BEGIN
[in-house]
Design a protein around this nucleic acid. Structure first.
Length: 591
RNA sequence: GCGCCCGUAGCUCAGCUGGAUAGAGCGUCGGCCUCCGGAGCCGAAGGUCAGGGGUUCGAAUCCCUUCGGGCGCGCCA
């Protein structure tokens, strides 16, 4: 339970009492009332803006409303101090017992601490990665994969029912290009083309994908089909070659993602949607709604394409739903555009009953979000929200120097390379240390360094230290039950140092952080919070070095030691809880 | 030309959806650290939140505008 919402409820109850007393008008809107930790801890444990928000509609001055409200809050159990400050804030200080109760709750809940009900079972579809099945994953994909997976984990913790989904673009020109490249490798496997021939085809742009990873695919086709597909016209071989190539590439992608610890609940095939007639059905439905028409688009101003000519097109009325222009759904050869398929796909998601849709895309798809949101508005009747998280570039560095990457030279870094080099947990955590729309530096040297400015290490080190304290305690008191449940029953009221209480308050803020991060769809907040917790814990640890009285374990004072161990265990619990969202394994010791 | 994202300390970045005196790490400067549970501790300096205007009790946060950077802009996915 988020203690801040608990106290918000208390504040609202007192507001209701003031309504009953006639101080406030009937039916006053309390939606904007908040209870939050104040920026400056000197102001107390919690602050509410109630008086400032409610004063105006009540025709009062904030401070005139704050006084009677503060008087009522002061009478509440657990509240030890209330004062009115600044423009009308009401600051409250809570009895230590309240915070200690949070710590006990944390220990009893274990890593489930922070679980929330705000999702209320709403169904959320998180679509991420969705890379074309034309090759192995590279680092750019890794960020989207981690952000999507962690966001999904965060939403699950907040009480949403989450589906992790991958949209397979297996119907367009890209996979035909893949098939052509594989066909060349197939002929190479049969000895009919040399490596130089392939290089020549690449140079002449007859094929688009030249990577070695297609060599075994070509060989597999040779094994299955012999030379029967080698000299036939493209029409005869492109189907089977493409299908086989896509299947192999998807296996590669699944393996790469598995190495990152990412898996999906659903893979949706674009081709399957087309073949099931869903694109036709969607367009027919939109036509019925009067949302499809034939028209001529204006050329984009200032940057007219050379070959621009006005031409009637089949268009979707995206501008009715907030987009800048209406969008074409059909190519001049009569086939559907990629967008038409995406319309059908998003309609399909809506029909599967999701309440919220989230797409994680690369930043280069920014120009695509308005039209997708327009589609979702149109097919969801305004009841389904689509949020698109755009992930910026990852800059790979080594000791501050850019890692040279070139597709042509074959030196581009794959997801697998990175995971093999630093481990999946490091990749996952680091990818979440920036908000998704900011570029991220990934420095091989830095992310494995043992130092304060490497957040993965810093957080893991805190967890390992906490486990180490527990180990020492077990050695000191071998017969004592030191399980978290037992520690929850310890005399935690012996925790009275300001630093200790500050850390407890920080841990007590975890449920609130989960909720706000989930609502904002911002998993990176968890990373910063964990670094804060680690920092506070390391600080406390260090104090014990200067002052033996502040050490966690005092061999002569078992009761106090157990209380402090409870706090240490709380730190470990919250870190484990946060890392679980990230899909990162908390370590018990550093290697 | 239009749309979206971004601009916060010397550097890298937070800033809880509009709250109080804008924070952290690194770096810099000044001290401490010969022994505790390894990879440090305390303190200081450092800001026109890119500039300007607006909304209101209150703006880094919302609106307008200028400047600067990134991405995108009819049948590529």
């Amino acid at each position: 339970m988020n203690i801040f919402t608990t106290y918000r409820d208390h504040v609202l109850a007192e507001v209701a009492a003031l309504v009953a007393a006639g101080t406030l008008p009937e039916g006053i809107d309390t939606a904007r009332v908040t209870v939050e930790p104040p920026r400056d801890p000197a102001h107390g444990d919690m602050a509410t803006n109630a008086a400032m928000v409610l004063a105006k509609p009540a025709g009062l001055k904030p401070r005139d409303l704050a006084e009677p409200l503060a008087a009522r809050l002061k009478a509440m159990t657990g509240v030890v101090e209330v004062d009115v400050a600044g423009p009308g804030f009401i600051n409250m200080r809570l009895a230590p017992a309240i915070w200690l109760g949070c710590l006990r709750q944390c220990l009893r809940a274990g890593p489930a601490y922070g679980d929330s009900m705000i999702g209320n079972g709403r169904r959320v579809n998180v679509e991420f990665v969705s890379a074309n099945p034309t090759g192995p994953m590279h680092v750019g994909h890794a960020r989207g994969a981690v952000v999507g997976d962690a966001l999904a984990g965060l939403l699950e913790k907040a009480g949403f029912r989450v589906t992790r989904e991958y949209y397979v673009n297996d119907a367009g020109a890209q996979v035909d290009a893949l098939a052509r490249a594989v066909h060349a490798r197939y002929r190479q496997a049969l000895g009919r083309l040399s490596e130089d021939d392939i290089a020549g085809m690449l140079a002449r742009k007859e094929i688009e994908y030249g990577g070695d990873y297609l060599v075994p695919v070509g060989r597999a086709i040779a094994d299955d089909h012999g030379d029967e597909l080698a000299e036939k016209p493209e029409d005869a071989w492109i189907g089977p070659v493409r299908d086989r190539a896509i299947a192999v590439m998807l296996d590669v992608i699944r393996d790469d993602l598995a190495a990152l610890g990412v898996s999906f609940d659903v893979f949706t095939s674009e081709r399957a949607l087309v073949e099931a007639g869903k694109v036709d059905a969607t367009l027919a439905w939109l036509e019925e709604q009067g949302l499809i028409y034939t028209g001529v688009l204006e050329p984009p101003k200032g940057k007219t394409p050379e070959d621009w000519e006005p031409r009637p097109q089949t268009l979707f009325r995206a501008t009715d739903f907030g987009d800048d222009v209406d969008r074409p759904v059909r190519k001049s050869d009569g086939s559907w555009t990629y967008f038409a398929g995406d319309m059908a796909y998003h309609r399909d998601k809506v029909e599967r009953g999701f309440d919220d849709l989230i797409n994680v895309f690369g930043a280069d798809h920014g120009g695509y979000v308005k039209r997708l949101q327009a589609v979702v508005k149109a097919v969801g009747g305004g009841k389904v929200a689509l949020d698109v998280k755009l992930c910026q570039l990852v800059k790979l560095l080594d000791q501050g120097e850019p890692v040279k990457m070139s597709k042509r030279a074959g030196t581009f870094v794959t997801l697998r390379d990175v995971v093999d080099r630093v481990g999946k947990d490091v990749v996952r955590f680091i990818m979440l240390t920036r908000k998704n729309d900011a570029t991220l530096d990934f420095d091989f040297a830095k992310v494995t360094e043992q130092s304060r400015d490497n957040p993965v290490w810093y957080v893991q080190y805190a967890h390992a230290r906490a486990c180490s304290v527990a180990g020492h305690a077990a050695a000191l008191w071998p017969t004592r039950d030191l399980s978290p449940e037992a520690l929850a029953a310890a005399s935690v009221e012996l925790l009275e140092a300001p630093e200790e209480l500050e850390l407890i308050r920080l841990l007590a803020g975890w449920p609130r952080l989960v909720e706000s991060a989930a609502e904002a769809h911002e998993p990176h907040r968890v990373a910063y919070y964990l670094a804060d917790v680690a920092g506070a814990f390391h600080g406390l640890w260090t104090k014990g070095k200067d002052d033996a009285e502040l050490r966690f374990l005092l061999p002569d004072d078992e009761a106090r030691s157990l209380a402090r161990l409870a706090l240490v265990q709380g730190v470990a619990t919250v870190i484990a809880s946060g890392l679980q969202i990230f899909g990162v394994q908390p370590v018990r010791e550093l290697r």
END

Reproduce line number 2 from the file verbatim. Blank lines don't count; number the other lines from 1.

Design a protein around this nucleic acid. Structure first.